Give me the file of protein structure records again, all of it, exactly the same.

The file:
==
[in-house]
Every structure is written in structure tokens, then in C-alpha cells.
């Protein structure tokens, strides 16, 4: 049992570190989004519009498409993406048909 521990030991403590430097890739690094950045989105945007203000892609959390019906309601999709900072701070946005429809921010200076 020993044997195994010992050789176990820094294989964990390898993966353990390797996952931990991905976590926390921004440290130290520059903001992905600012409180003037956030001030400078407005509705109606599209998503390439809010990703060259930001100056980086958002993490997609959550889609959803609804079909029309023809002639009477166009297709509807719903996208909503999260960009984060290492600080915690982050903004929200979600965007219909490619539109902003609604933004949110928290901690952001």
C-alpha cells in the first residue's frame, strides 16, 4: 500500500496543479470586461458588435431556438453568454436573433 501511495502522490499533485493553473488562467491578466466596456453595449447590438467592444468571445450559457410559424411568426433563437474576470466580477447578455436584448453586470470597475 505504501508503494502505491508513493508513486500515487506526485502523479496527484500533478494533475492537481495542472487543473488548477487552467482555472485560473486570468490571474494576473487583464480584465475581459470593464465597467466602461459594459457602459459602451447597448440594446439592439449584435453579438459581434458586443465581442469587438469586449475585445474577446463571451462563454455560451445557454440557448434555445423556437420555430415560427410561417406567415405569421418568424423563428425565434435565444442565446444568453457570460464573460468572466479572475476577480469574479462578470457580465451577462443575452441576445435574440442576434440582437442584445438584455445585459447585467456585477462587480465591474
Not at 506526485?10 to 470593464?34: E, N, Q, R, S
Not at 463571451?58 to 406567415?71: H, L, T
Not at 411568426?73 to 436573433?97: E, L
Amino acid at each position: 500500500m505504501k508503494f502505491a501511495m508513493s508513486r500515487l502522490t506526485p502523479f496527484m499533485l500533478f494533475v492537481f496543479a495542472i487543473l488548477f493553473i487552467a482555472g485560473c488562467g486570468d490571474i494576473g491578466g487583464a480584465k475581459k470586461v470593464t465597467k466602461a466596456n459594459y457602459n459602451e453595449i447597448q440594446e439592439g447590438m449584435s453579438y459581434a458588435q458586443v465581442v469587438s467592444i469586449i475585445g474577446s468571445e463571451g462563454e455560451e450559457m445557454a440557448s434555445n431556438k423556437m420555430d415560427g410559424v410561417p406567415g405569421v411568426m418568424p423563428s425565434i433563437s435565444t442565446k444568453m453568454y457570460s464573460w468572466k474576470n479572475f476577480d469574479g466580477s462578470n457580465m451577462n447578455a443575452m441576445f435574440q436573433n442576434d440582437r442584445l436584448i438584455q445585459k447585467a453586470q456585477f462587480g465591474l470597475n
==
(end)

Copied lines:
[in-house]
Every structure is written in structure tokens, then in C-alpha cells.
């Protein structure tokens, strides 16, 4: 049992570190989004519009498409993406048909 521990030991403590430097890739690094950045989105945007203000892609959390019906309601999709900072701070946005429809921010200076 020993044997195994010992050789176990820094294989964990390898993966353990390797996952931990991905976590926390921004440290130290520059903001992905600012409180003037956030001030400078407005509705109606599209998503390439809010990703060259930001100056980086958002993490997609959550889609959803609804079909029309023809002639009477166009297709509807719903996208909503999260960009984060290492600080915690982050903004929200979600965007219909490619539109902003609604933004949110928290901690952001």
C-alpha cells in the first residue's frame, strides 16, 4: 500500500496543479470586461458588435431556438453568454436573433 501511495502522490499533485493553473488562467491578466466596456453595449447590438467592444468571445450559457410559424411568426433563437474576470466580477447578455436584448453586470470597475 505504501508503494502505491508513493508513486500515487506526485502523479496527484500533478494533475492537481495542472487543473488548477487552467482555472485560473486570468490571474494576473487583464480584465475581459470593464465597467466602461459594459457602459459602451447597448440594446439592439449584435453579438459581434458586443465581442469587438469586449475585445474577446463571451462563454455560451445557454440557448434555445423556437420555430415560427410561417406567415405569421418568424423563428425565434435565444442565446444568453457570460464573460468572466479572475476577480469574479462578470457580465451577462443575452441576445435574440442576434440582437442584445438584455445585459447585467456585477462587480465591474
Not at 506526485?10 to 470593464?34: E, N, Q, R, S
Not at 463571451?58 to 406567415?71: H, L, T
Not at 411568426?73 to 436573433?97: E, L
Amino acid at each position: 500500500m505504501k508503494f502505491a501511495m508513493s508513486r500515487l502522490t506526485p502523479f496527484m499533485l500533478f494533475v492537481f496543479a495542472i487543473l488548477f493553473i487552467a482555472g485560473c488562467g486570468d490571474i494576473g491578466g487583464a480584465k475581459k470586461v470593464t465597467k466602461a466596456n459594459y457602459n459602451e453595449i447597448q440594446e439592439g447590438m449584435s453579438y459581434a458588435q458586443v465581442v469587438s467592444i469586449i475585445g474577446s468571445e463571451g462563454e455560451e450559457m445557454a440557448s434555445n431556438k423556437m420555430d415560427g410559424v410561417p406567415g405569421v411568426m418568424p423563428s425565434i433563437s435565444t442565446k444568453m453568454y457570460s464573460w468572466k474576470n479572475f476577480d469574479g466580477s462578470n457580465m451577462n447578455a443575452m441576445f435574440q436573433n442576434d440582437r442584445l436584448i438584455q445585459k447585467a453586470q456585477f462587480g465591474l470597475n